After two (half-hearted) attempts by Fedex to deliver the repair part, and two trips to the Fedex office by the mechanic to pick it up himself, we finally had the missing piece. He removed the rest of the steering column and after five days stranded in El Paso, I began to have hopes that I'd finally get the RV repaired and back on the road.
I went for a walk, over the McDonalds, and when I came back, they had moved the RV into the main work area and had begun to jack it up so that they could work underneath. They had managed to start the RV in my absence by manually twisting the neutral safety switch.
After liberal use of penetrating oil to loosen stuck parts and reassembly of the column, the mechanic tested all the connections. Everything worked, except the starter wouldn't click. If you will recall. This was the original problem that started this mess. The broken piece in the key switch mechanism happened after the failure to start -- it was a secondary failure. They had changed out the neutral safety switch after the plain evidence that it was the cause of the problem. But now, with a new safety switch installed too, it still wouldn't start.
The safety switch was patiently readjusted. Still no starter. By now, it was nearing the end of the work day and Mr. Fernandez's helper left for the day. After a bit, one of his sons left for the day as well. Now he was determined. He began tracing the wires, beginning with the starter itself, verifying that it worked and working back.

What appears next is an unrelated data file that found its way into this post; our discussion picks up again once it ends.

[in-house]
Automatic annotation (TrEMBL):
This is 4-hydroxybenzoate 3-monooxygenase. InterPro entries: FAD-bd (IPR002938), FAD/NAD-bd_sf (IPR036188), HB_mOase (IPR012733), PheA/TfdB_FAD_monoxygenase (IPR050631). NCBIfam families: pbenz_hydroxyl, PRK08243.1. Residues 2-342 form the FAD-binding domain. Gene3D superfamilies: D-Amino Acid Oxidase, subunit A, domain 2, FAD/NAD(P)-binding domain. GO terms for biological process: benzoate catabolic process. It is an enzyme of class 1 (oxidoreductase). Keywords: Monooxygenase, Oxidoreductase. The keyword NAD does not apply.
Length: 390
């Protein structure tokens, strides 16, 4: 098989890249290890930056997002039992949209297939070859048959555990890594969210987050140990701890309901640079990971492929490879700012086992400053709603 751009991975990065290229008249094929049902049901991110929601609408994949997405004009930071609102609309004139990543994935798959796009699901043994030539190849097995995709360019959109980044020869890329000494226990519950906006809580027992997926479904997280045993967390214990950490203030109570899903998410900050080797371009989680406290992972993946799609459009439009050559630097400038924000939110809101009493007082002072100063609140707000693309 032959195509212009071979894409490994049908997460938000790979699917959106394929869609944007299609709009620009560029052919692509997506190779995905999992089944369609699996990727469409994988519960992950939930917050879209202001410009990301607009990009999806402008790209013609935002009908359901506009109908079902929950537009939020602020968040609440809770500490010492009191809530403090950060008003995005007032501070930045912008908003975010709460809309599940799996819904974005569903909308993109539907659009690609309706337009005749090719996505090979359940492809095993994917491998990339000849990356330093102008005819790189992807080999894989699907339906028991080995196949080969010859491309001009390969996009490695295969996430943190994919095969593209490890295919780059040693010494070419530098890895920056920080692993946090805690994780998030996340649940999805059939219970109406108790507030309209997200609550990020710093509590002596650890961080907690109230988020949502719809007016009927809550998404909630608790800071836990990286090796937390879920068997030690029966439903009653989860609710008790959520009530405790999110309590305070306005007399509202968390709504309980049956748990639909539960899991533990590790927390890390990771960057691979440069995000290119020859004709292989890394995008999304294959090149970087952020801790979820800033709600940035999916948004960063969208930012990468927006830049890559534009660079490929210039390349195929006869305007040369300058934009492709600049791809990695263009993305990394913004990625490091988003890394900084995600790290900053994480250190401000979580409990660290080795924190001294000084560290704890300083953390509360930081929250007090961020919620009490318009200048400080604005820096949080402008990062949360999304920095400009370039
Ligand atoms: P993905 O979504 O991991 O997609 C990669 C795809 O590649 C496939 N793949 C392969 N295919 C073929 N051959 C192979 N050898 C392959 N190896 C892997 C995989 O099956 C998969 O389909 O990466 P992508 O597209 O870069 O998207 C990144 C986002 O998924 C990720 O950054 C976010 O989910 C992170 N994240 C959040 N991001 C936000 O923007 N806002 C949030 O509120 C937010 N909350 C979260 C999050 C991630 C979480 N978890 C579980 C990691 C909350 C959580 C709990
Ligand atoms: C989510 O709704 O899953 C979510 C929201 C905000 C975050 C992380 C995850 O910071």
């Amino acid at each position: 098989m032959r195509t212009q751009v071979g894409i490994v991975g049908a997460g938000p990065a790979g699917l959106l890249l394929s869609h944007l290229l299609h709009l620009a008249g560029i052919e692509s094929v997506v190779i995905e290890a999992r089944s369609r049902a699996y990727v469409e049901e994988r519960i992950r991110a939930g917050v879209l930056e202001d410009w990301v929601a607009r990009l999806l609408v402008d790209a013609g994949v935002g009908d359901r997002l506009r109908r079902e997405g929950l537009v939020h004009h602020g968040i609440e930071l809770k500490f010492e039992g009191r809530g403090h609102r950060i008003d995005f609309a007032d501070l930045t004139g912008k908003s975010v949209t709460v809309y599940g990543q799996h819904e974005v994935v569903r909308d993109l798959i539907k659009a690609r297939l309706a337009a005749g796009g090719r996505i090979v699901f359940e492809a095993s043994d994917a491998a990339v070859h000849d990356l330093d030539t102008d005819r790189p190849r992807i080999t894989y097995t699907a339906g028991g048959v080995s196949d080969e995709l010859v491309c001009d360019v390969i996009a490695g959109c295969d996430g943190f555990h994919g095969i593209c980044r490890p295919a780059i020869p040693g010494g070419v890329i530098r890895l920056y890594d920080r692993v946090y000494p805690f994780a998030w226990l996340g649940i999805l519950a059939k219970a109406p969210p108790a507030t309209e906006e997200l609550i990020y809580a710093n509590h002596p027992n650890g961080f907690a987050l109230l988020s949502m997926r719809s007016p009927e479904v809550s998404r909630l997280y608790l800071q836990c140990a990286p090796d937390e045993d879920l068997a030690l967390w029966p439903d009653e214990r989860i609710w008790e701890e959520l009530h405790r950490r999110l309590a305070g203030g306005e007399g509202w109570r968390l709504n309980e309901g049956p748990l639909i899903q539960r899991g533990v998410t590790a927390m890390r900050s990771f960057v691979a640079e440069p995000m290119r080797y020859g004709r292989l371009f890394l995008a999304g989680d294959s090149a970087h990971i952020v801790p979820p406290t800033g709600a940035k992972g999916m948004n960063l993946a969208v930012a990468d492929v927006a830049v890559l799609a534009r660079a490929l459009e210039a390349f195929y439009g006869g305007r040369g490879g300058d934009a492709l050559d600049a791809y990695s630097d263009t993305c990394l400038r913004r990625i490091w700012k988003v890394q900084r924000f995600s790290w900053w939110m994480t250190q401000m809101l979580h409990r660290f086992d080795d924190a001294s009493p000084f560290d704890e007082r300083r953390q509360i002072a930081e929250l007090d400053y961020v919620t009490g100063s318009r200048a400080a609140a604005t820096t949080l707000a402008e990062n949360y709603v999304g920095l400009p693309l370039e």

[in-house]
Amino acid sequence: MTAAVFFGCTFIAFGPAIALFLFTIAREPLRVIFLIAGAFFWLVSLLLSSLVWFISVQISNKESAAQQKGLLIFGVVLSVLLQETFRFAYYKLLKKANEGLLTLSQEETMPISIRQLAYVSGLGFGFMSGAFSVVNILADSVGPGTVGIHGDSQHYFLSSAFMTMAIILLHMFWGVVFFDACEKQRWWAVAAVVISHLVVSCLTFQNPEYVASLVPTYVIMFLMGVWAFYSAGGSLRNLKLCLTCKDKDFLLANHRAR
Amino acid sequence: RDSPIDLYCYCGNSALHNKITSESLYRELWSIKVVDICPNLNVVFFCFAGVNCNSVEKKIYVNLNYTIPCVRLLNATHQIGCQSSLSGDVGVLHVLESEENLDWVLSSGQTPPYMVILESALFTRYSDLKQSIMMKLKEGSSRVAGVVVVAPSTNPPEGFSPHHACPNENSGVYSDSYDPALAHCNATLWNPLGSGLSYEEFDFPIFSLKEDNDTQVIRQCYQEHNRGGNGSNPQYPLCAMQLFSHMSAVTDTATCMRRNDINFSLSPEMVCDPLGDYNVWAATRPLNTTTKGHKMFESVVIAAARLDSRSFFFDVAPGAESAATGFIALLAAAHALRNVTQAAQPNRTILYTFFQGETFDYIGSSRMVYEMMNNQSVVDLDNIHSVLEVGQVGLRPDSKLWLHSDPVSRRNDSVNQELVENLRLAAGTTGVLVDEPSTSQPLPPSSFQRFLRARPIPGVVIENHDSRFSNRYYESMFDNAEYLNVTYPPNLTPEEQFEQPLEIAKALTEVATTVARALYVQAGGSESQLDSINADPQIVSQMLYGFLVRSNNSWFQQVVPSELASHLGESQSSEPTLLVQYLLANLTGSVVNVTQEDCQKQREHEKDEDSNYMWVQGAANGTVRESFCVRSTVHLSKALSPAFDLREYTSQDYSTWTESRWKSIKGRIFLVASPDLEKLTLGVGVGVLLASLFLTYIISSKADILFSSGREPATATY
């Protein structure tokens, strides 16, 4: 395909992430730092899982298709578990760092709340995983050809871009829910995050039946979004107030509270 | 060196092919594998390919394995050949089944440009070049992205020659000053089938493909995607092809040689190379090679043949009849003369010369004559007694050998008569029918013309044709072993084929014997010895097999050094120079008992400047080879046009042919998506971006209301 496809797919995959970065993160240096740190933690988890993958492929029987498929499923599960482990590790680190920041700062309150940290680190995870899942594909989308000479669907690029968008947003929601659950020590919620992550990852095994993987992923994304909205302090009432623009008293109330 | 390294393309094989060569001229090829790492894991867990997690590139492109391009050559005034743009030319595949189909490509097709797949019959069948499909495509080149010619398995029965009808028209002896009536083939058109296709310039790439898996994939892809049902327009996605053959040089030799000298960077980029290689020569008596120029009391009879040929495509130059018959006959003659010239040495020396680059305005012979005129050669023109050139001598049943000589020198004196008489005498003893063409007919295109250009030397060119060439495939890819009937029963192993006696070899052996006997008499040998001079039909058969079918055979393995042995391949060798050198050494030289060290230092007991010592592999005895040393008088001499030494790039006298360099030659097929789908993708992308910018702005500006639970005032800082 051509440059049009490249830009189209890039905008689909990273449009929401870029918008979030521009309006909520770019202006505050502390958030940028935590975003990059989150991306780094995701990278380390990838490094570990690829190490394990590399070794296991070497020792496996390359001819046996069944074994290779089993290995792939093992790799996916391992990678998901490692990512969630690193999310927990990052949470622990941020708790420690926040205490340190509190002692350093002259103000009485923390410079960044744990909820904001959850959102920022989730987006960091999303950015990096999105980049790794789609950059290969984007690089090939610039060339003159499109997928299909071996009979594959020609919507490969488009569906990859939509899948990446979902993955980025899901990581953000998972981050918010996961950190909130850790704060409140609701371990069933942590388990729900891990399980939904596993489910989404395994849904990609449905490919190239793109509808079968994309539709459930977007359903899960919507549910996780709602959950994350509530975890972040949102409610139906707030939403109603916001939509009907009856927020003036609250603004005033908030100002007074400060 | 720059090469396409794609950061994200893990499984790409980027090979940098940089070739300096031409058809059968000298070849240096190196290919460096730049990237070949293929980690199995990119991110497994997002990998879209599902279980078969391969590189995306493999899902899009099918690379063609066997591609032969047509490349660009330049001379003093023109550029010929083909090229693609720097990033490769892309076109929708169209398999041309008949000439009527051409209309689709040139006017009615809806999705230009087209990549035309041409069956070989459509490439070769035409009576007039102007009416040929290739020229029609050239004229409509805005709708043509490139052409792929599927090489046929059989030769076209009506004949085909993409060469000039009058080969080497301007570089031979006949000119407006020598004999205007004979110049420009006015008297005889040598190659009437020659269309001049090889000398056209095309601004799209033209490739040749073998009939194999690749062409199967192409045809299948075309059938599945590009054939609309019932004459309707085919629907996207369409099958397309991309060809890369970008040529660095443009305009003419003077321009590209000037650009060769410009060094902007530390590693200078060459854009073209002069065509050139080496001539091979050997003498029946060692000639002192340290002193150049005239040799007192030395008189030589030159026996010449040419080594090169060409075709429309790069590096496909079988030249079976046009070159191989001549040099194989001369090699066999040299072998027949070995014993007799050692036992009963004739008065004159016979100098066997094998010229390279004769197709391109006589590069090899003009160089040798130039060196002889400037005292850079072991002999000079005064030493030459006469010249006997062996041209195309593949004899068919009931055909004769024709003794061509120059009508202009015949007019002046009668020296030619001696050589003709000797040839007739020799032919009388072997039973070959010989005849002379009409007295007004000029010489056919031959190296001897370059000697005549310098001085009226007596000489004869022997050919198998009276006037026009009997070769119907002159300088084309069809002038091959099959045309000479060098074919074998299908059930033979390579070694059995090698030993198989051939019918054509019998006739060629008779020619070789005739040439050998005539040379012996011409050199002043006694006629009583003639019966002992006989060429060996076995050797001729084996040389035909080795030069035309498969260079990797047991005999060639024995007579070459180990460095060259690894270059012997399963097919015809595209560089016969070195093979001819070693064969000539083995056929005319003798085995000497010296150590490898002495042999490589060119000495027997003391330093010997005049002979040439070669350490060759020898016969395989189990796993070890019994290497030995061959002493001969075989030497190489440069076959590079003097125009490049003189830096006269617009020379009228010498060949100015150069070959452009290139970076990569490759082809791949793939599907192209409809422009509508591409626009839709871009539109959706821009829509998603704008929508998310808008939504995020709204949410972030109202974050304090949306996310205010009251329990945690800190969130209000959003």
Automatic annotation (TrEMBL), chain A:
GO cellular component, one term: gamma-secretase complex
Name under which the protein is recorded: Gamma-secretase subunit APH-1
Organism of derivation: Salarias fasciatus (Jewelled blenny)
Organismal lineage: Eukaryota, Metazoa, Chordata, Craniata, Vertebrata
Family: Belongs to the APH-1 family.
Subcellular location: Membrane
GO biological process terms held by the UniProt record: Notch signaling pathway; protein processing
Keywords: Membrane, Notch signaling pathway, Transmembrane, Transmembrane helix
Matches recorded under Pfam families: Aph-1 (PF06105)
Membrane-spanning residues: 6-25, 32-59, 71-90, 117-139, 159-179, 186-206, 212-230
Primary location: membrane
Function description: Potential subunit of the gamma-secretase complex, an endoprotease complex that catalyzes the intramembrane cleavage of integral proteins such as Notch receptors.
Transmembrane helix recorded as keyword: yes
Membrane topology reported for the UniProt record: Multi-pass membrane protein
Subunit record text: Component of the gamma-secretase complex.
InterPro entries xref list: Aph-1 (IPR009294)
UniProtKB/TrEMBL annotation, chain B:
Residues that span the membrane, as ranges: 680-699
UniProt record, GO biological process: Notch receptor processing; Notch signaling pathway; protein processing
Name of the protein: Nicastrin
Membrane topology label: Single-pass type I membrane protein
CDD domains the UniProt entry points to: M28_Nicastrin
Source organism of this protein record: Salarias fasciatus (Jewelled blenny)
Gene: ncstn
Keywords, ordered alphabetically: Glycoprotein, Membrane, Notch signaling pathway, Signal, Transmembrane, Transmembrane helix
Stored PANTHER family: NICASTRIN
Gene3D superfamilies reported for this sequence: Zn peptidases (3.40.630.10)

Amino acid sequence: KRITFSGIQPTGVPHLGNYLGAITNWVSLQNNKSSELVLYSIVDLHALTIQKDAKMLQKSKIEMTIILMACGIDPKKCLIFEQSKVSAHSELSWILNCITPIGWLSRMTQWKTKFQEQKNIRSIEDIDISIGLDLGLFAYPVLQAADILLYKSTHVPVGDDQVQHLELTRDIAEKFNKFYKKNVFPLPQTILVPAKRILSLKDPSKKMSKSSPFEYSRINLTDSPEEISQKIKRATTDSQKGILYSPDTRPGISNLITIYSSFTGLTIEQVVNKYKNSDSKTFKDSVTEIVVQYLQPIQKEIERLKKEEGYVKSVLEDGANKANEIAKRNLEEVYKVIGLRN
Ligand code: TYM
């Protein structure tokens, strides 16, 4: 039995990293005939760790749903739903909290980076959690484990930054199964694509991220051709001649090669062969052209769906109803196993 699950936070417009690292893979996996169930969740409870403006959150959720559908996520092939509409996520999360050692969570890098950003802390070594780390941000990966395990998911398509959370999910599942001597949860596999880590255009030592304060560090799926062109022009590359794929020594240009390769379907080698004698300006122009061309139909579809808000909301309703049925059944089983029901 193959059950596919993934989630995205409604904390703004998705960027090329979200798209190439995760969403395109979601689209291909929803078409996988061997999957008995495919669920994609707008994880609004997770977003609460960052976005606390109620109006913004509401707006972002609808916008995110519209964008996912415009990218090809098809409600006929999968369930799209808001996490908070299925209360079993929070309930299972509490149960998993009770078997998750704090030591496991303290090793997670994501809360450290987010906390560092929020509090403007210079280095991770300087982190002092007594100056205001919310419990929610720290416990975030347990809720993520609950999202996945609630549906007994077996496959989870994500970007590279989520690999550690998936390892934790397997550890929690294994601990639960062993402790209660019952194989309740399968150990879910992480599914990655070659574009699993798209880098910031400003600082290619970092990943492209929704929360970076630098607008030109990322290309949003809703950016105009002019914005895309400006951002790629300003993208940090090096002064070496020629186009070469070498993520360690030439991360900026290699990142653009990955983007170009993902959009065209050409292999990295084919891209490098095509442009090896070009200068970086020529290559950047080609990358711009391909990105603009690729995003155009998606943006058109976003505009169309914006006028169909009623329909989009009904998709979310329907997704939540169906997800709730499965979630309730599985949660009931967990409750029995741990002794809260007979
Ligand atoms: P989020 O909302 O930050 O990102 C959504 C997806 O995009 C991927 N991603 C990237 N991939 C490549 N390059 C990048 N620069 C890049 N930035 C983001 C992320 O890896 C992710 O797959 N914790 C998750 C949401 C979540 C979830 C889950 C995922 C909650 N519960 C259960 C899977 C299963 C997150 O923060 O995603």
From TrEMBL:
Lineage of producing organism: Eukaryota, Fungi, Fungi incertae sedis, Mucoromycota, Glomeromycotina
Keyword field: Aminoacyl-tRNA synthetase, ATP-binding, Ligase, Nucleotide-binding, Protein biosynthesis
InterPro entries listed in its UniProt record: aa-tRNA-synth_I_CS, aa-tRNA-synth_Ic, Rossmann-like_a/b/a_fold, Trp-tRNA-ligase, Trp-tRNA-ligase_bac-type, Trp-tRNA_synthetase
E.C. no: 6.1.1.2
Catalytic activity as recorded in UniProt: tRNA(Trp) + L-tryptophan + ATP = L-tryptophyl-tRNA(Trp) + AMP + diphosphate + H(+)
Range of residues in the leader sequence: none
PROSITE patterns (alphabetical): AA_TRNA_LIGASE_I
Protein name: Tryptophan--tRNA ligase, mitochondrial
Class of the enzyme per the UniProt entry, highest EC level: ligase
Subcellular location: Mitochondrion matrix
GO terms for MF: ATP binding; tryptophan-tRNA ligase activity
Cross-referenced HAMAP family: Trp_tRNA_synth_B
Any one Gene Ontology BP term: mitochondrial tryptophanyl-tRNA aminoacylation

After solid detective work, he found what was probably the real, original, source of the problem. A wire supplying power to an ECM relay was intermittent. He fixed it, and for the first time, the starter worked as it should, from the key switch. Final adjustments were done. The steering wheel was replaced, and the RV was backed out of the lot. I paid the bill, and I was pleasantly surprised. They said goodbye, I got into the driver's seat and felt good as it started right up. I shifted into drive and applied the gas.
The RV didn't move. I checked the emergency break. Not on. I shifted again. No gear worked.
Opening the window, I explained the problem. He dashed back to the office and came back with a sheet of cardboard and crawled under the RV. I worked the gear shift, by foot firmly on the brake pedal, and he located the problem.
Although everything had been working fine as he assembled the steering wheel and backed the RV out of the lot, as soon as I sat down in the driver's seat, a little piece that secured the gear shift cables had snapped in two. Like I've seen many times. The salt air of Galveston, from the time before we bought the RV, had left many things damaged. He held up the broken hook and I could see that it had just snapped from old corrosion.
It was dark, well after normal closing time, and probably impossible to get parts. He took the broken piece and while I sat in the driver's seat, cultivating my patience and serenity, I could see the flash of a welding torch and the fan of sparks from a grinding wheel in his office. Shortly he came back with a part -- one he had assembled himself. In short order he had fixed the problem, and sent me on my way, refusing payment for this additional repair job.
So after three problems; the ECM relay wire, the broken key switch linkage, and finally the gear shift cable hook, I was finally off. I filled the propane and gas tanks as quickly as I was able, and made it to Lordsberg, NM for the night, relieved to be on the road at last.
But I'll remember Horizon Automotive. If I lived in El Paso, I'd certainly have Mr. Fernandez as my regular mechanic.
Change of Schedule - Henry’s Stories has been on-line and regularly updated for almost two years now, with a mix of new and old stories -- some short and others novel length. ...
4 years ago